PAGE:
Global economy on the brink as ‘butterfly effect’ of China risks major crisisAugust 17, 2023
Low growth, high inflation and rising interest rates in the West coupled with fears about a stalling Chinese economy are pushing the global economy to the brink of collapse, an economist has warned.
China is battling a deepening slump with economic growth having slid to 0.8 percent in the three months to June compared with the previous month, down from 2.2 percent over the first quarter and equivalent to a 3.2 percent annual rate, which would be among the Asian giant’s weakest in decades.
Beijing is also trying to reassure uneasy homebuyers and investors about China’s deeply indebted real estate industry after major developer Country Garden failed to make a payment to bondholders and suspended trading of its bonds.
Meanwhile, western countries are grappling with high inflation, low growth and there are fears of further interest rate hikes.
First quarter GDP growth was 0.3 percent in the US, 0.1 percent in the UK, 0.4 percent in Japan and 0.2 percent in France, according to the OECD’s May statistics update.
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Professor Emilios Avgouleas, Chair of International Banking Law and Finance at the University of Edinburgh, told Express.co.uk it is all adding up to the beginnings of a major economic crisis.
He said: “We are close to the brink because all the major western economies face serious problems with low growth, high inflation and high interest rates so a possible recession in the West will become much worse with a possible recession in China or the possible collapse of the Chinese economy.
“We should not forget the Chinese economy is a dynamic economy, but it is also a highly leveraged economy.”
Professor Avgouleas added that the problems signal a “butterfly effect” with possible Chinese defaults on debt posing a big risk to the global economy.
China’s economy is suffering partly due to faltering youth employment which has hit real estate developers with fewer buyers entering the property market.
Some warn that unless Beijing gets a grip on the country’s heavily indebted real estate developers it could see a cascade of bankruptcies.
Professor Avgouleas said: “The big question [in Britain] is what is the exposure of Hong Kong banks on the Chinese real estate sector.
“Thankfully, there are only two Hong Kong banks with a serious presence in the UK market: Standard Chartered and HSBC. Thanks to legislation, the subsidiaries of those Hong Kong banks should be ring-fenced from their parent companies which means the impact in UK markets should be very limited and mostly contained. The possibiluty of contagion in UK markets is very limited, but there’s possibility of upheaval in global markets.”
Asked how Britain might be affected by the possible collapse of Country Garden, Professor Sambit Bhattacharyya, Head of Economics at the University of Sussex Business School, told Express.co.uk it is too early to call.
He said: “Country Garden’s reported negative equity position is significant. However, it’s liabilities and hard assets are mainly local (i.e., China based).
“Given the size of this real estate giant, it would be reasonable to expect that the Chinese government would intervene in any restructuring process to protect the interest of the creditors.
“Despite the volume of losses, it is unlikely to be significant given the size of China’s overall economy and the Chinese government’s asset position.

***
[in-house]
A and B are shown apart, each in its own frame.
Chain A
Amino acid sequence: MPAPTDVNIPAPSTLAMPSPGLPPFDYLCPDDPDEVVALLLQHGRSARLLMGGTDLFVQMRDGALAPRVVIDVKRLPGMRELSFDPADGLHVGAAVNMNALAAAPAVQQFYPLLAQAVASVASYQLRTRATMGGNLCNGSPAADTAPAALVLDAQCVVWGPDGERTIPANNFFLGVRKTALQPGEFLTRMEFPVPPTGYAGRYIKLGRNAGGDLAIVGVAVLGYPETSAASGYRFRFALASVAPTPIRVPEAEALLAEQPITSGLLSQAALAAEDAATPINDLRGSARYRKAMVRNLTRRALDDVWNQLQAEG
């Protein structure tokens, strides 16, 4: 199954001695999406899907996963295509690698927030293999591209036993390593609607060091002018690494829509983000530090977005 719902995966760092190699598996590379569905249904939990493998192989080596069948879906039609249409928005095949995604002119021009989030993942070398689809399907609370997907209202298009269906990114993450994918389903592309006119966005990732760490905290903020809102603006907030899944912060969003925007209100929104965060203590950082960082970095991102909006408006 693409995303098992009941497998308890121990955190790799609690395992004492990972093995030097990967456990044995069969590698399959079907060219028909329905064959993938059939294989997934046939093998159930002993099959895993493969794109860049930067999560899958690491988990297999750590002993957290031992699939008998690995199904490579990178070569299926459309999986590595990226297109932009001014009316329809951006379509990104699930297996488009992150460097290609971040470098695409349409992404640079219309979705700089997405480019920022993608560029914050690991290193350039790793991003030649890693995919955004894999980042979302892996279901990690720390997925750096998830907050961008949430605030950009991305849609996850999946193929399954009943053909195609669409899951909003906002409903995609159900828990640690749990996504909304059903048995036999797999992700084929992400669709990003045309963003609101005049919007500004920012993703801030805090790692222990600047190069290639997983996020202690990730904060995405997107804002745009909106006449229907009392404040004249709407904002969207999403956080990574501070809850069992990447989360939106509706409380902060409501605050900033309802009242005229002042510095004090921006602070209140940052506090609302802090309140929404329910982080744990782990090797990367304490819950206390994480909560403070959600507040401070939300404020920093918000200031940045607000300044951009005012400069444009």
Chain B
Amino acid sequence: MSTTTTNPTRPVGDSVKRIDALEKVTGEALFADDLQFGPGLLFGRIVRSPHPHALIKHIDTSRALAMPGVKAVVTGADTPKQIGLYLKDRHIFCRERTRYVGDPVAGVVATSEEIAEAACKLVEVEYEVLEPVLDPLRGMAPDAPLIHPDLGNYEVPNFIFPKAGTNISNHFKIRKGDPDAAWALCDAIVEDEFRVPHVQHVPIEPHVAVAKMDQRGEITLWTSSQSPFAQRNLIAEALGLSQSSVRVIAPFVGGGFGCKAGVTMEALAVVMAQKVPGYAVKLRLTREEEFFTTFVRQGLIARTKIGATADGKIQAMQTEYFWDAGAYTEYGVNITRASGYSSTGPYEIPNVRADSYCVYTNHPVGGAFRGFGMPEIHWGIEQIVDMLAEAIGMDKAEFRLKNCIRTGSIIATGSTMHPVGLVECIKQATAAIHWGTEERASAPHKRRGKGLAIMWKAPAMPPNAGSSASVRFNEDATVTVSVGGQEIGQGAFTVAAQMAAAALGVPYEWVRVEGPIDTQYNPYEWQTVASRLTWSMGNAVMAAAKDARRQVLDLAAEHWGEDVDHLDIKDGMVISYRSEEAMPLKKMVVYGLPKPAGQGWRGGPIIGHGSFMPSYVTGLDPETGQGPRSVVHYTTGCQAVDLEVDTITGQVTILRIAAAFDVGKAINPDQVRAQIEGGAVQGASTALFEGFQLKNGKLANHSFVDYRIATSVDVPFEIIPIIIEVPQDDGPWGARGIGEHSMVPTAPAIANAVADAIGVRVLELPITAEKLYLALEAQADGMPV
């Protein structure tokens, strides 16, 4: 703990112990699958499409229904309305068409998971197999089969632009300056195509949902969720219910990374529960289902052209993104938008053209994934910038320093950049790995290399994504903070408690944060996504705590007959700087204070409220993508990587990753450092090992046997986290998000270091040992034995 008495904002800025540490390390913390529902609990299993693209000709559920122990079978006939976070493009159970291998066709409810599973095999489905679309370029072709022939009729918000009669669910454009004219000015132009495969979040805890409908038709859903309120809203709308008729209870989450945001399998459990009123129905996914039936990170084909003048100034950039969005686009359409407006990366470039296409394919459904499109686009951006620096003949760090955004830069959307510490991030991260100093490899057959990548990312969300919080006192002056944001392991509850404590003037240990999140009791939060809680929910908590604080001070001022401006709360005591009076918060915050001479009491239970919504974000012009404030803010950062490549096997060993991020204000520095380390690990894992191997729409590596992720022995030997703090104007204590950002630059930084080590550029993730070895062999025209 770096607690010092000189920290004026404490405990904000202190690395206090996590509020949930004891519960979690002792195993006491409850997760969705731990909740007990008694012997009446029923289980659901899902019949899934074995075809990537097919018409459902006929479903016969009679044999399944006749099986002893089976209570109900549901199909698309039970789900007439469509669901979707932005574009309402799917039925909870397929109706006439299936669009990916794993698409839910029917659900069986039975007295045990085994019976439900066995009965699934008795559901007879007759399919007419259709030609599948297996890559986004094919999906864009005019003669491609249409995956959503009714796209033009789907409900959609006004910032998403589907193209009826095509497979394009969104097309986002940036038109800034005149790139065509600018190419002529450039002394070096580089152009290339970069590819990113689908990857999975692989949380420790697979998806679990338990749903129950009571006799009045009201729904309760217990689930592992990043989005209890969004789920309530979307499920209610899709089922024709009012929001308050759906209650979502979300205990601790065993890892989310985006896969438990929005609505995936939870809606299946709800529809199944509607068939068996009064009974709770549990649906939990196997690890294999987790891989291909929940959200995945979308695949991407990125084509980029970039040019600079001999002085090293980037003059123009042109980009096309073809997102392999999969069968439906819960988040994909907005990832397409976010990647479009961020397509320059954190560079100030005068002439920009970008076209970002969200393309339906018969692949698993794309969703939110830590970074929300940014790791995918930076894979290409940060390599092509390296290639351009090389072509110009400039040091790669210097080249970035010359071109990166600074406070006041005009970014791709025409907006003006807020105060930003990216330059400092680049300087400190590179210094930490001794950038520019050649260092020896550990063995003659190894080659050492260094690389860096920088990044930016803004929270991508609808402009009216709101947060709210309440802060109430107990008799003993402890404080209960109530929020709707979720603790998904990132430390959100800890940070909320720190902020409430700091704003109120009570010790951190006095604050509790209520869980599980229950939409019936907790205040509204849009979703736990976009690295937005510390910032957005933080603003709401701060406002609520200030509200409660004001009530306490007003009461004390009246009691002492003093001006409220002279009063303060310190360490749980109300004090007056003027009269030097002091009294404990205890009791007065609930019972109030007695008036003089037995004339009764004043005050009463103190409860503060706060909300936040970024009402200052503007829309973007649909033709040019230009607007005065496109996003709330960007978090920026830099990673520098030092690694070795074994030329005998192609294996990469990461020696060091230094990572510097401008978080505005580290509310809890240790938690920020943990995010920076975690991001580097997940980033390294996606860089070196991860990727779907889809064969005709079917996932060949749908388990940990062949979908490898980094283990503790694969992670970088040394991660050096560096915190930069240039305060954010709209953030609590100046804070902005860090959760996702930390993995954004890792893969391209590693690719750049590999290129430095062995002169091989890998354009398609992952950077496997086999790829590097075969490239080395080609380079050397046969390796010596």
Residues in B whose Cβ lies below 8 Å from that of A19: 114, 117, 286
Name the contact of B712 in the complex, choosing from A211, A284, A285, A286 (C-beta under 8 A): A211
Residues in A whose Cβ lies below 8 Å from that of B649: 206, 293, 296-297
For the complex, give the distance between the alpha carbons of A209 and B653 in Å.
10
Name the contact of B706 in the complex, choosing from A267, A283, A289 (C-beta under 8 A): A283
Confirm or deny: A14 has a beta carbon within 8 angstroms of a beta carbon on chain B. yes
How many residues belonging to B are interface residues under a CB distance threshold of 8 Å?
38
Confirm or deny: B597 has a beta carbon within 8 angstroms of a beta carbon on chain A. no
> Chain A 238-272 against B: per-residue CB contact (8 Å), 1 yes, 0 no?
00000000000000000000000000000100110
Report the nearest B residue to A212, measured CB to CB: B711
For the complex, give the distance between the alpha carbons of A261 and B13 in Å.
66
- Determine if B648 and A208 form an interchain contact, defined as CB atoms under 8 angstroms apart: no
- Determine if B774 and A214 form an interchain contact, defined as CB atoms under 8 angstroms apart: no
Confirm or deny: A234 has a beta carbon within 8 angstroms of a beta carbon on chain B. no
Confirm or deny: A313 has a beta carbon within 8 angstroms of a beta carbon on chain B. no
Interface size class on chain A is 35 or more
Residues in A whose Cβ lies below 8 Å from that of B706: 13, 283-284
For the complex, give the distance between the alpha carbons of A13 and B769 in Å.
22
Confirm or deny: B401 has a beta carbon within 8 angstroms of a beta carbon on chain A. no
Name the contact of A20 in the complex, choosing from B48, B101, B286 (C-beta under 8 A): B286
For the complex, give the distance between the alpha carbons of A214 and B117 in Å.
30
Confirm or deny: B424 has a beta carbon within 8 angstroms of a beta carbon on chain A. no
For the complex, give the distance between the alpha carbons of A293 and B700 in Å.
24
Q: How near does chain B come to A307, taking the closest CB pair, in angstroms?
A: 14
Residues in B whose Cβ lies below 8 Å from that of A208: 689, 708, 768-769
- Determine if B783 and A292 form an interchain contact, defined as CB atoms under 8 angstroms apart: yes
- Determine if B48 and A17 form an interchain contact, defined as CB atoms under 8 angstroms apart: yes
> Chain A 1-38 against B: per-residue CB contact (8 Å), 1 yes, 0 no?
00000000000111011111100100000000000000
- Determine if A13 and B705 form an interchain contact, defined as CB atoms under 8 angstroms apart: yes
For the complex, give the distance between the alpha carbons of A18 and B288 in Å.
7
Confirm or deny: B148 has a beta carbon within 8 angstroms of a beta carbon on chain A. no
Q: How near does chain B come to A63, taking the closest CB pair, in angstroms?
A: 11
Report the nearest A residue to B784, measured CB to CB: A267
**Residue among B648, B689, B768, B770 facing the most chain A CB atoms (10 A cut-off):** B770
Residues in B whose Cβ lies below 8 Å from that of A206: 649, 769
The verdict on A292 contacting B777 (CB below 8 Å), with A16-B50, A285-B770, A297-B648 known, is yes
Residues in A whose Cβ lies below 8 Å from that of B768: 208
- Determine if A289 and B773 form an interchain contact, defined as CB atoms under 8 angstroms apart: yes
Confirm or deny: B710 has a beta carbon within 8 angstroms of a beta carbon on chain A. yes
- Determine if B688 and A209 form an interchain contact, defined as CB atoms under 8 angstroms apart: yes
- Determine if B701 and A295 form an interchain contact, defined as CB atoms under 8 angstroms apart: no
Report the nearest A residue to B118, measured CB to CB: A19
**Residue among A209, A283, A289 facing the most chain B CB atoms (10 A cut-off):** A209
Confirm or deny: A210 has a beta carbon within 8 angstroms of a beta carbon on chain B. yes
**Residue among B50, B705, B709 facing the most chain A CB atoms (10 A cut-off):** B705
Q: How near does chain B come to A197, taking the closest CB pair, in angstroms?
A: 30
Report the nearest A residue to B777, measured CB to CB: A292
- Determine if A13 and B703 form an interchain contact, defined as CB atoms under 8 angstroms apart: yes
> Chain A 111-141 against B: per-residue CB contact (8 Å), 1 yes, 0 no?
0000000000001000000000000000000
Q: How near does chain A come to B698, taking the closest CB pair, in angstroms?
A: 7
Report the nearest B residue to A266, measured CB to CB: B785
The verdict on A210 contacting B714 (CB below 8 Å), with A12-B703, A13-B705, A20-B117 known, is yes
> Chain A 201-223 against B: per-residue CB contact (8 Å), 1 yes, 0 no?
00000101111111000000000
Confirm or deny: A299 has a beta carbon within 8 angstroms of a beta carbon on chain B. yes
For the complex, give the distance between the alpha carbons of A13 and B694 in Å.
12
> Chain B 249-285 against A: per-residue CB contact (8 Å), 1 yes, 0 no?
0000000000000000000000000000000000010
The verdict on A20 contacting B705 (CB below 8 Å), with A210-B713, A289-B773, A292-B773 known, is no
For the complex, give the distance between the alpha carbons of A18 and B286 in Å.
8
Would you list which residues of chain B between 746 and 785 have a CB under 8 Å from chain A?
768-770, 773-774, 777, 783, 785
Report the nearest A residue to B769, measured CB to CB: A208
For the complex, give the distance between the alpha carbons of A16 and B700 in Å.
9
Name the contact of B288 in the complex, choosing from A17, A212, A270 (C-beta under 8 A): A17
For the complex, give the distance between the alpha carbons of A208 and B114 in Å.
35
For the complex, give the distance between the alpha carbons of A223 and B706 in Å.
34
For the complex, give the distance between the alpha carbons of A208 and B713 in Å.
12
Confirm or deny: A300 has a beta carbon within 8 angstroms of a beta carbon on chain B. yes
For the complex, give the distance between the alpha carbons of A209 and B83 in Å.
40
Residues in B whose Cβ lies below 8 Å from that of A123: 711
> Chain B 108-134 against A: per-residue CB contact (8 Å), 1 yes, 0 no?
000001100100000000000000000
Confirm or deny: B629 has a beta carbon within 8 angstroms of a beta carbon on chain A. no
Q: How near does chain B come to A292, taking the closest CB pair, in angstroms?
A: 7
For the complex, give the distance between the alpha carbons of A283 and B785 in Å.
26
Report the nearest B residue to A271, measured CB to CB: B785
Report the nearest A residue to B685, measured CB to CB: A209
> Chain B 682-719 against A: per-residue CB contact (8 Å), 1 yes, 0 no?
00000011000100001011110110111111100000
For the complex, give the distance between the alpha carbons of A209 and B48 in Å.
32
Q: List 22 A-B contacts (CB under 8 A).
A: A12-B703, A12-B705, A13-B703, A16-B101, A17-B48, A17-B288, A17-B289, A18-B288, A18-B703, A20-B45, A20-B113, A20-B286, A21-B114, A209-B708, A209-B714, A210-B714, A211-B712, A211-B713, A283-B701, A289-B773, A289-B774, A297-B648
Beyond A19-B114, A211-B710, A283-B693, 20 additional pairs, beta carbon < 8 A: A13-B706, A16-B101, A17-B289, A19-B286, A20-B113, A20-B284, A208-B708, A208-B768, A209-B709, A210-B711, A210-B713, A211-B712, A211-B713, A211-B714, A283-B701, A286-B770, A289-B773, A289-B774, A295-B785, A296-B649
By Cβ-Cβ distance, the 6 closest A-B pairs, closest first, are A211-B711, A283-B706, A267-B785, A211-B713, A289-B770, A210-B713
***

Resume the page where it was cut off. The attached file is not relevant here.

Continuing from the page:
“Undoubtedly, Country Garden has liquid asset and liability exposure through equity markets. However, it is unclear at this stage the volume and degree of that exposure.
“Any risk of contagion would be primarily through that channel. Risk for the UK would depend on direct or indirect derivative exposure of the UK top-five banks. It is too early to make a call.”
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Financial markets were rattled when Country Garden missed two payments totaling $22.5million due to buyers of dollar-denominated bonds on August 6. It has a 30-day grace period before it would be declared in default.
A Chinese government spokesperson tried to reassure the public and financial markets, saying conditions are improving and regulators are getting debt under control.
Country Garden, which had been considered one of China’s financially healthiest developers, suspended trading of its bonds on Chinese exchanges on Monday.
It came after a warning last week it might post a loss of as much as 55 billion yuan ($7.5billion) for the first half of 2023.
Real estate accounts for some 20 percent of China’s economy. When spending on steel and copper for construction, furniture and other related purchases is added in, estimates of its share of the economy rises as high as 35 percent.
Country Garden’s possible losses are a sliver of those of Evergrande, which reported in June that it lost $81bn in 2021-22.
But both ran into the same problem: having more assets than debt but being unable to turn slow-selling real estate into cash fast enough to repay lenders.
A weak real estate industry complicates efforts by Chinese leader Xi Jinping’s government to reverse the country’s deepening economic slump after a rebound following the sooner than expected end of anti-coronavirus controls.
Jennifer McKeown of Capital Economics said in a report Country Garden’s impact “seems likely to be limited” but “policymakers should step in to prevent a meltdown in China”.
Professor Avgouleas warned there could be more defaults on international bonds akin to Country Garden’s, meaning “serious shocks” for institutional investors exposed to Chinese bond markets.
He said: “One of the world’s biggest economies is unravelling before our eyes and, given how secretive the Chinese regime is about economic data, it is natural for markets to assume the worst.”
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